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ByFaithAlone last won the day on June 10 2013

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About ByFaithAlone

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  1. This seems to imply (and please correct me if I am wrong) that those who do not believe in a literalistic interpretation of the creation account do not believe in God or are not Christians. You can criticize the interpretation as much as you want but please do not imply that those of us who hold such views are somehow non-believers. Let us be clear, there is a field of study dealing with the interpretation of the Bible, from allegory to prophecy to epistle to history. This is the field of hermeneutics. So describing one part of Scripture as prophecy for example would not discount other parts from being history and vice versa. Similarly, I would contend that an allegorical view of the Creation in Genesis does not discount the real need for a Savior in Christ. Perhaps I am able to steer this conversation towards more of a conciliatory tone. Abdicate and I clearly have different views of the creation account in Genesis and I doubt either of us are likely to be convinced by the other. And that is fine. We should however, grow to learn about each other's positions. From my perspective, the YEC brings a profound respect for Scriptural inerrancy and most YEC thinkers such as Abdicate are worried about a reduction of all of Scripture to simply a nice moral story with no real consequences. And although I disagree that an allegorical view in any way detracts from Scripture, I can certainly understand their position and worry. Similarly, I think YECs can disagree with theistic evolutionists and scientists. However, they should acknowledge that those of us in the theistic evolution camp have a profound respect for God's creation and the study of aforementioned creation (Psalm 19, Psalm 111). I hope such dialogue between opposing viewpoints can engender such respect for each other's views.
  2. I actually never claimed that it is a requirement mandated by Scripture and neither does Catholicism or Orthodoxy as far as I understand their positions. As I mentioned previously, it is is a matter of tradition within both Orthodoxy and Catholicism and is not a matter of doctrine. In other words, it is subject to change if either Church views it as no longer valuable for the spiritual health of the clergy. I think both Catholic and Orthodox doctrine and tradition are both vastly misunderstood by those of us who are Protestant and by dispelling some of these myths we can move closer to ecumenicalism.
  3. Learning new things is always good in my opinion. History is also a passion of mine and science is my passion/profession so we are of one mind there. You mention that our current/historical understanding of the universe is rather unclear. I would sort of agree, especially with the historical part of that statement and we had significantly less data back then. Regarding your question about scientific philosophy, Kuhn emphasized the idea of paradigm shifts, incommensurability, and the impact of researcher's own subjective viewpoints on research. Some of these ideas are very useful and certainly historically important in the philosophy of science. While his idea of paradigm shifts is important, it should be noted that just because there is a paradigm shift doesn't mean that all previous research should be ignored. For example, quantum mechanics and relativity only modified Newtonian mechanics rather than doing away with the previous model.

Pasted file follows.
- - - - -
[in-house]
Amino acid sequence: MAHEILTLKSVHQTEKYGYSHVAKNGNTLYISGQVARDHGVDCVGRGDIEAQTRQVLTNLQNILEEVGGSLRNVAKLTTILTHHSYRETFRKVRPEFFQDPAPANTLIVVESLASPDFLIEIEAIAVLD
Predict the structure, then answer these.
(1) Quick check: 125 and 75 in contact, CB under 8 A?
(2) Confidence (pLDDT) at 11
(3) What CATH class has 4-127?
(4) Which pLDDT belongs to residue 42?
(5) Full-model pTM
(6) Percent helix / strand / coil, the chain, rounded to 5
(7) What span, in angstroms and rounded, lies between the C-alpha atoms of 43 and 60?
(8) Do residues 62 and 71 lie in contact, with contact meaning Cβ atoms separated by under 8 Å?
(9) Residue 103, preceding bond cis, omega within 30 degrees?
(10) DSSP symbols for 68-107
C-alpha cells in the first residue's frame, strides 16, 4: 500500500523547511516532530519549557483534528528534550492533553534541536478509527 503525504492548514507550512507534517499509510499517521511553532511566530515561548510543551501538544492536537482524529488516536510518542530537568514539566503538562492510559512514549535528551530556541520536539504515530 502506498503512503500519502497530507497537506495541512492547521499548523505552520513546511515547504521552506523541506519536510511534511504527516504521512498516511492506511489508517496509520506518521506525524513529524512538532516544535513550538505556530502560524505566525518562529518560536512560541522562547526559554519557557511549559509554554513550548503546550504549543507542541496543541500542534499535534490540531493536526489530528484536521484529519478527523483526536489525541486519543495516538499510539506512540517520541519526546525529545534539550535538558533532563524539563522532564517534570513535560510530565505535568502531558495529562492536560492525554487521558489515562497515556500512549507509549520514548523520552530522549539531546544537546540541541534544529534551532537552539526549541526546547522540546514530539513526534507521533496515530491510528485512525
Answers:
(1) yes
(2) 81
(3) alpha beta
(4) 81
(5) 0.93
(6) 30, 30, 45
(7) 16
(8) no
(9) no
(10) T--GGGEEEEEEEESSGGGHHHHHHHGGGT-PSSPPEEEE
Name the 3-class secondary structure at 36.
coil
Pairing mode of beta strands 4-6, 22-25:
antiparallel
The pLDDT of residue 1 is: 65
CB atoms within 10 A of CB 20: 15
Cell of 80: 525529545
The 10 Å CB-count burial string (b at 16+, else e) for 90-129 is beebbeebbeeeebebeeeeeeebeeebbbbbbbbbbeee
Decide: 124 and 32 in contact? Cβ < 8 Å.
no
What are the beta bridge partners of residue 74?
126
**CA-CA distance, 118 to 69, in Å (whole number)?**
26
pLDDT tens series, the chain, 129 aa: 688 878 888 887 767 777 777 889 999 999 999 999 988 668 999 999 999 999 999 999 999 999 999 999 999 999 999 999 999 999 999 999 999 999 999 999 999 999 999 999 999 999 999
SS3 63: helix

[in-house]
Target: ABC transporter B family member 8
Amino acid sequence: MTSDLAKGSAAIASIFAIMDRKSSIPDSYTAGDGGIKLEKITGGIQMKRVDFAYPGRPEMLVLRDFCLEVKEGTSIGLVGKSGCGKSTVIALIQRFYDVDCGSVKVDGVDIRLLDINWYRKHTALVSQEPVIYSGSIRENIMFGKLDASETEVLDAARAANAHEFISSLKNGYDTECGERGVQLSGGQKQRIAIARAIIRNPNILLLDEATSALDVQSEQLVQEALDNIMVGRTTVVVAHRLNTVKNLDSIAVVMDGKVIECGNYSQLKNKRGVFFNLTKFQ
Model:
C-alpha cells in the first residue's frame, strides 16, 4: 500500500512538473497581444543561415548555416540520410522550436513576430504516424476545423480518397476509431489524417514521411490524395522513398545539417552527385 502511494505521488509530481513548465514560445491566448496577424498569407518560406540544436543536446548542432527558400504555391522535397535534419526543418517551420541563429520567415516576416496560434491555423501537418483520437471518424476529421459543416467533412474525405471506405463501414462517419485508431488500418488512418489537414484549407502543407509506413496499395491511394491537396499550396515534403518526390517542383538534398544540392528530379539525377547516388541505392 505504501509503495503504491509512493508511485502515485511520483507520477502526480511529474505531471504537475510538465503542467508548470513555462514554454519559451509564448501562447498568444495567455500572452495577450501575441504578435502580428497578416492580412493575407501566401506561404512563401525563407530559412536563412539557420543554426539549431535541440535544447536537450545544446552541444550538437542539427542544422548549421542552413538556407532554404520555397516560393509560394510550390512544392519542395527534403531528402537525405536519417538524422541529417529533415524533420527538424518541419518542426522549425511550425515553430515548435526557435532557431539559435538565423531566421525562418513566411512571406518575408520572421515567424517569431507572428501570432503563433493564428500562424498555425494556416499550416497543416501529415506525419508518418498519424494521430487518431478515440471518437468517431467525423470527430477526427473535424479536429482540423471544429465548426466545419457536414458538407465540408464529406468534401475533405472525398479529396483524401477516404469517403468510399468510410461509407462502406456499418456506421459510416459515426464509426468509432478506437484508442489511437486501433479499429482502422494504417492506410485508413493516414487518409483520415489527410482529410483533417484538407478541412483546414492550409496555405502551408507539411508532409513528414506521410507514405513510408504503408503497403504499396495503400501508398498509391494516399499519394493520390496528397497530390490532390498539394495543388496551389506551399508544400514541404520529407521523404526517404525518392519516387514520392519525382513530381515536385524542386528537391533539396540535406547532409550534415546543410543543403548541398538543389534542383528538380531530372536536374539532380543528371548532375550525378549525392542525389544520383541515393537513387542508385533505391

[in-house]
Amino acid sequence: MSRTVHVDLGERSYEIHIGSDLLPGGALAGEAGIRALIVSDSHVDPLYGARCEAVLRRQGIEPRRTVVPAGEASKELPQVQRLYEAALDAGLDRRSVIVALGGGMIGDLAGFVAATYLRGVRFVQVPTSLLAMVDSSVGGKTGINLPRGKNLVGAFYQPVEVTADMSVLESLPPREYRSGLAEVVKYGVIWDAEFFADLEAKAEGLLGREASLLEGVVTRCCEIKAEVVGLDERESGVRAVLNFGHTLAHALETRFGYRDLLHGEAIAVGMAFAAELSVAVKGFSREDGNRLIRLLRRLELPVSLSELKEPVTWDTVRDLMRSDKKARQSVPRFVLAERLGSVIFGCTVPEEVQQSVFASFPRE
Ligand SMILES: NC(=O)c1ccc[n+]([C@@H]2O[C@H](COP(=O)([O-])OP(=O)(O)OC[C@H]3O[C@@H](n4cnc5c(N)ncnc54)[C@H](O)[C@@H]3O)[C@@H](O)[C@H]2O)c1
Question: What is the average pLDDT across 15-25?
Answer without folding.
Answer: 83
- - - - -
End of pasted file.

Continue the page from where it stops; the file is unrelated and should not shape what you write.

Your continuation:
4. I think this is probably a vast simplification with no real evidence to back it up as it really hasn't been tried for a long time. You seem to imply that celibacy increases sexual problems but I don't think there are other studies that support that. According to the famous John Jay College study on the issue of pedophilia and sexual misconduct, there is a rate of around 0.5-2% in the Catholic priesthood depending on the time period examined. This is about the same with comparable organizations that are peers (Protestant Churches, etc.) according to Hiel 2018. The rate of pedophiles in the general population is relatively unstudied but I've seen estimates from 0.5-5%. Now none of this is a good thing but it is average according to the data I have seen and nothing seems to indicate that celibacy is at fault. You go on to mention some perceived Biblical problems with the concept of celibacy. As to what the Bible says about celibacy, let us remember that Christ talks about those "who choose to live like enauchs for the sake of the Kingdom" in Matthew 19 and he does not condemn those who do so. Paul further writes in 1 Corinthians 7 about some of the potential benefits of celibacy and marriage. I think that people that grow up in a Protestant environment, myself included, tend to grow up with a rather negative view of celibacy (clerical or otherwise). It is certainly not a doctrinal position that clergy must be celibate. On this, I think Catholics, Orthodox and Protestants agree. However, as a tradition within the Church, it is a fairly old idea and not something I think we should condemn out of hand simply because it is most common in Catholicism.